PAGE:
High school students in Edmonds School District graduate at a higher rate than their peers statewide. They also enroll in post-high school education at much higher rates. Targeted supports, guidance, and partnerships are helping to drive this out-sized success. Learn more about where Edmonds SD excels in a new case study as part of our Credential is Essential series.
High school students in the Edmonds School District graduate at a higher rate than their peers statewide. They also enroll in post-high school education at much higher rates. What is driving the district’s outsized success?
Washington’s middle and high school students will graduate into an economy full of opportunity, with more than 740,000 job openings coming in the next five years. A key component of a meaningful diploma is the 24-credit graduation requirement.
It is intended to ensure all students take a high school course of study that will prepare them for education beyond high school and their future careers.
Walk into a science classroom at Cedarcrest Middle School in Marysville, and you will see hands-on, minds-on learning. Exploring concepts such as gravity, light, and energy happens with investigative projects where students ask questions, experiment, process with their classmates, and iterate.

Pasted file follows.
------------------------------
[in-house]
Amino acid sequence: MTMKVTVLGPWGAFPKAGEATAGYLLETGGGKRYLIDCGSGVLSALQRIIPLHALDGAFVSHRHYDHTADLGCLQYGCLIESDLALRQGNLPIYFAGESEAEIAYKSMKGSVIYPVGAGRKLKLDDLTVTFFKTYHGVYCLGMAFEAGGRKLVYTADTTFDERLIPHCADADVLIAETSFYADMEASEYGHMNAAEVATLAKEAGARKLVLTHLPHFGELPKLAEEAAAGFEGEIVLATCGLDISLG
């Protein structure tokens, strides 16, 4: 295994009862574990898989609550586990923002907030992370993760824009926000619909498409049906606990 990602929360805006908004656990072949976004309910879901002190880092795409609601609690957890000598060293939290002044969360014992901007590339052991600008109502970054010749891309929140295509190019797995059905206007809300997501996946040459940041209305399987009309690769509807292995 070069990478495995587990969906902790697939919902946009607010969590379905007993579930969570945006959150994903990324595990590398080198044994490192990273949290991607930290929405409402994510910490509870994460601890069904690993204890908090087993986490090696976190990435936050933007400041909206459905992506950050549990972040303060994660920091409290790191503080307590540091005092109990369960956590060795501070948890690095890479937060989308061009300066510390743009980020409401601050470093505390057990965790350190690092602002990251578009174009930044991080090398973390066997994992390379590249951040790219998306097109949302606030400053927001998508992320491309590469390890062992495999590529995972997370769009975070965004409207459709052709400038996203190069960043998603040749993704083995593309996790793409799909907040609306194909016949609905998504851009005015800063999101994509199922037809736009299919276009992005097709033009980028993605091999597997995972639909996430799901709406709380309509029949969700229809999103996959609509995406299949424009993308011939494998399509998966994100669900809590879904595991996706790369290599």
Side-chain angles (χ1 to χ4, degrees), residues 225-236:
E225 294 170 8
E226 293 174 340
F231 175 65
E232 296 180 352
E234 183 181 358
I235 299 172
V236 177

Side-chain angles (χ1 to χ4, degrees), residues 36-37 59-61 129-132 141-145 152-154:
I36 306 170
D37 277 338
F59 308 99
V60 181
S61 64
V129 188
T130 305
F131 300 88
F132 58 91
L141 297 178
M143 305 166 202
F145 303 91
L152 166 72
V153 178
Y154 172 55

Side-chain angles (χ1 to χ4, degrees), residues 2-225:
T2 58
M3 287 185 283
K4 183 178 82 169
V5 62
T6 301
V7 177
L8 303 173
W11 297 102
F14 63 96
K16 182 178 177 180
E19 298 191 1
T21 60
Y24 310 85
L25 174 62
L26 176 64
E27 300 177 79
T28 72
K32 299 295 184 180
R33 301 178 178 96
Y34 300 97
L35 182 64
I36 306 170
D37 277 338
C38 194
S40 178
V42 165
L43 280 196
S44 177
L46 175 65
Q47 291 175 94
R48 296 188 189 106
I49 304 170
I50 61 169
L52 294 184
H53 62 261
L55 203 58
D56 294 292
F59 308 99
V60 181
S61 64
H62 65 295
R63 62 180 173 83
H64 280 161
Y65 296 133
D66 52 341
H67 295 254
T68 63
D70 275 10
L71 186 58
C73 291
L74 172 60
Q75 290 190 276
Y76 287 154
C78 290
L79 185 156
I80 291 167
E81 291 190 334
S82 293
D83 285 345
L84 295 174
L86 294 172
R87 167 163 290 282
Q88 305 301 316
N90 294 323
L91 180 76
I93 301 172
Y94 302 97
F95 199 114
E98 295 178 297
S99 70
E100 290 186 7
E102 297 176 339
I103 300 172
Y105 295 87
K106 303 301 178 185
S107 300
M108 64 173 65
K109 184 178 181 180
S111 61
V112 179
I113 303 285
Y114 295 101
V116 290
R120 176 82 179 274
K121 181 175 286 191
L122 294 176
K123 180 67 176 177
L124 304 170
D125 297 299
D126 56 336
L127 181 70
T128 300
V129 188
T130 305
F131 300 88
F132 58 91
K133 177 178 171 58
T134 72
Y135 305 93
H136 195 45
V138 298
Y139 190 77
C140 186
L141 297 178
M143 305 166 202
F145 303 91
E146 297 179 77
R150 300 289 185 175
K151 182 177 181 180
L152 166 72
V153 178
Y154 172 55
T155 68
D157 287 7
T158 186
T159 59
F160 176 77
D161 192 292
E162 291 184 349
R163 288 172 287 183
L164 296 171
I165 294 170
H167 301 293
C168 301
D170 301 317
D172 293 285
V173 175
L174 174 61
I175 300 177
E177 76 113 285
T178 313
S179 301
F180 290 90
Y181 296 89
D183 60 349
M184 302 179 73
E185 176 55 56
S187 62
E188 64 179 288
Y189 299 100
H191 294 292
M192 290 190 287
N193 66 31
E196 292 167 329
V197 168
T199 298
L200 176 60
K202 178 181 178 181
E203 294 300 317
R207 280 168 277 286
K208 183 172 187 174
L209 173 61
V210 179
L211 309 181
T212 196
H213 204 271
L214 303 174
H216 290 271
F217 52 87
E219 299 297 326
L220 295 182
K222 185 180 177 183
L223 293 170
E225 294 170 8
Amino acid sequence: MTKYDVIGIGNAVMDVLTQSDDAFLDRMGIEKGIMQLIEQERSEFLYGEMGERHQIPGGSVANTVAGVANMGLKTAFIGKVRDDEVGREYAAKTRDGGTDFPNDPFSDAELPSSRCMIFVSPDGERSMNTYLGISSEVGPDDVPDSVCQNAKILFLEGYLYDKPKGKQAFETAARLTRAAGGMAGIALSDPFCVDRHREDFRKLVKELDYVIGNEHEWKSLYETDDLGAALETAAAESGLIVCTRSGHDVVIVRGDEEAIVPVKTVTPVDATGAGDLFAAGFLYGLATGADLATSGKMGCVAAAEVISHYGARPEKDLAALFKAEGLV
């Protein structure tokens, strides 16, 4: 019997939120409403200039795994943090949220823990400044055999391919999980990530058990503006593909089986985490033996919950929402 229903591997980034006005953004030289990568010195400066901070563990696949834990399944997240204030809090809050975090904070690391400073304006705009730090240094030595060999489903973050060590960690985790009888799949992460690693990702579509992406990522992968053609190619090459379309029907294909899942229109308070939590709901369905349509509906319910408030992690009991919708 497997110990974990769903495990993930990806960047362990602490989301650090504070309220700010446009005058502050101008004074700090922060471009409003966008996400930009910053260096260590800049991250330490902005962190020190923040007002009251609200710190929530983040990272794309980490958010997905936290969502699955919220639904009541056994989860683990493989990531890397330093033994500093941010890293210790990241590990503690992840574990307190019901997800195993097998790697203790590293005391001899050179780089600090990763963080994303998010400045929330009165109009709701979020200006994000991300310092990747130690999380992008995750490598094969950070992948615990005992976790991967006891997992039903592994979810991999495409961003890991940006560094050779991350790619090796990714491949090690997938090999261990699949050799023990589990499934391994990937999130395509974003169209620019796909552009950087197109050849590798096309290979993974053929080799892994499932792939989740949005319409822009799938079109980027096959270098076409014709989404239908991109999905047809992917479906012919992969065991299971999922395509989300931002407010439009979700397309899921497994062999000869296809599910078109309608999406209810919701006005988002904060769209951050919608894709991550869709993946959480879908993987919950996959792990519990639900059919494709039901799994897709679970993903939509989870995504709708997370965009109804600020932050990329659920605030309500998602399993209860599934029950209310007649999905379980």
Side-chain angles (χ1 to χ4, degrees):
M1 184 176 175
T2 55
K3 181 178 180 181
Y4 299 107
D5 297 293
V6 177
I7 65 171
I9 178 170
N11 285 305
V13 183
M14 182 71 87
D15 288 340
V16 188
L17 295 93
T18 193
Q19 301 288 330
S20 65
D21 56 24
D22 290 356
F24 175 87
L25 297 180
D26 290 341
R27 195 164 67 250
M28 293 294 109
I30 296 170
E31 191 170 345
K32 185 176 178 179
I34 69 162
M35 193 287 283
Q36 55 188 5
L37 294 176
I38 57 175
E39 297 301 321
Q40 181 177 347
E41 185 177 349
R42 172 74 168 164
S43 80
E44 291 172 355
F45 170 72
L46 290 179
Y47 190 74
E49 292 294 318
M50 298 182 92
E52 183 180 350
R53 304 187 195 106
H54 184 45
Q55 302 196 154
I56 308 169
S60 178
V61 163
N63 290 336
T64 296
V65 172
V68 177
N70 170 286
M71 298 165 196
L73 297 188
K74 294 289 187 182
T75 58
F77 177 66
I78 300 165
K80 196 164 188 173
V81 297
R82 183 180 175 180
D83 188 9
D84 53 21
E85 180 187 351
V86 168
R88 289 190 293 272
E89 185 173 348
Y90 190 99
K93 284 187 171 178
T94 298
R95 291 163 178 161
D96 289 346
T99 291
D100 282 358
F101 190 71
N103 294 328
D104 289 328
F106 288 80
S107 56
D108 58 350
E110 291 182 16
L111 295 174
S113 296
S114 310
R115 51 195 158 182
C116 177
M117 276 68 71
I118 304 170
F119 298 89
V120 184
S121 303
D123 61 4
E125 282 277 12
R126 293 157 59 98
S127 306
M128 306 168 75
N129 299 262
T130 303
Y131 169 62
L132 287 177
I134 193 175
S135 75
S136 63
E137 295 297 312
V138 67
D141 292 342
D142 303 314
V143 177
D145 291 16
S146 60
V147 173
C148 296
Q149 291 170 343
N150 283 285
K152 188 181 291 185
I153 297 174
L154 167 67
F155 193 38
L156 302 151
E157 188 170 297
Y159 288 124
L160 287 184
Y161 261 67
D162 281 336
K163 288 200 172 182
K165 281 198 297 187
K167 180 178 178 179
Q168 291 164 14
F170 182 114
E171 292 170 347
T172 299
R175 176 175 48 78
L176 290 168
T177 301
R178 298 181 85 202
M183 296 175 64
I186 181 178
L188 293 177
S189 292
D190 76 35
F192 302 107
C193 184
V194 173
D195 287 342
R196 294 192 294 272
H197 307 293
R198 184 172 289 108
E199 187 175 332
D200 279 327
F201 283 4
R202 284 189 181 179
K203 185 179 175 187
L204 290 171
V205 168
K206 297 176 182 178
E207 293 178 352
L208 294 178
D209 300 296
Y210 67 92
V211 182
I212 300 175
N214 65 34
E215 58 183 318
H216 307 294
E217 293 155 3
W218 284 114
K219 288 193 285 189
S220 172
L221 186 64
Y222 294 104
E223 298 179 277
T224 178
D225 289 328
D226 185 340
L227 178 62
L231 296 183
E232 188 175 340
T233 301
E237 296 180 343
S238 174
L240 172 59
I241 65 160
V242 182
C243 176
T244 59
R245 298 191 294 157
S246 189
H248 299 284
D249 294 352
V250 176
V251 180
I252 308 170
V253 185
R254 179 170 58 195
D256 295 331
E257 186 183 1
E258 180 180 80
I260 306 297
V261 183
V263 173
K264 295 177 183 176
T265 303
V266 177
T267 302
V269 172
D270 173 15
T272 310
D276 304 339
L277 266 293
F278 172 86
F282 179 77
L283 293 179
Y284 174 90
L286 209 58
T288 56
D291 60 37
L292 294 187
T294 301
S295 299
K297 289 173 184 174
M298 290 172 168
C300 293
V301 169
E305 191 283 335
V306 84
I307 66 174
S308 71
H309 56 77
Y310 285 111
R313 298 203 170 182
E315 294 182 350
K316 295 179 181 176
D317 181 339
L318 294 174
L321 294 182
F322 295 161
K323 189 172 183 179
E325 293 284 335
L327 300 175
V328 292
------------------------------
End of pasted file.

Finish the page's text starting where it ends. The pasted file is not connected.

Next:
Why do education and high expectations matter to Washington parents?
“Freedom of education opens doors in the future,” said Brandon, a Kent School District parent.
“Education and lifelong learning are going to get you where you really want to go,” said Christina, a North Thurston School District parent.
“It’s important to me that my kids get a quality education because it’s setting them up for success with the rest of their life,” said Julie, a parent in the Kent School District.
These are just a few of the reasons that parents shared for placing a high value on education for their students.
Washington’s 2018 Teacher of the Year Mandy Manning has dedicated her life to helping her students develop confidence, so they can be successful long after high school. Ready Washington’s latest Teacher of the Year video captures Manning’s work as an English and math teacher at the Newcomer Center at Spokane’s Ferris High School.
A new tool from Ready Washington is designed by parents, for parents, to share information and resources about supporting students’ education.
VIDEO: Ready Washington provides students, families, and teachers with clear, easy-to-use information to help students connect their learning to their career plans and aspirations.
REPORT: There will be 740,000 job openings in Washington in the next five years. The majority of job opportunities—particularly those that will support upward mobility and good quality of life—will be filled with workers who have postsecondary education or training.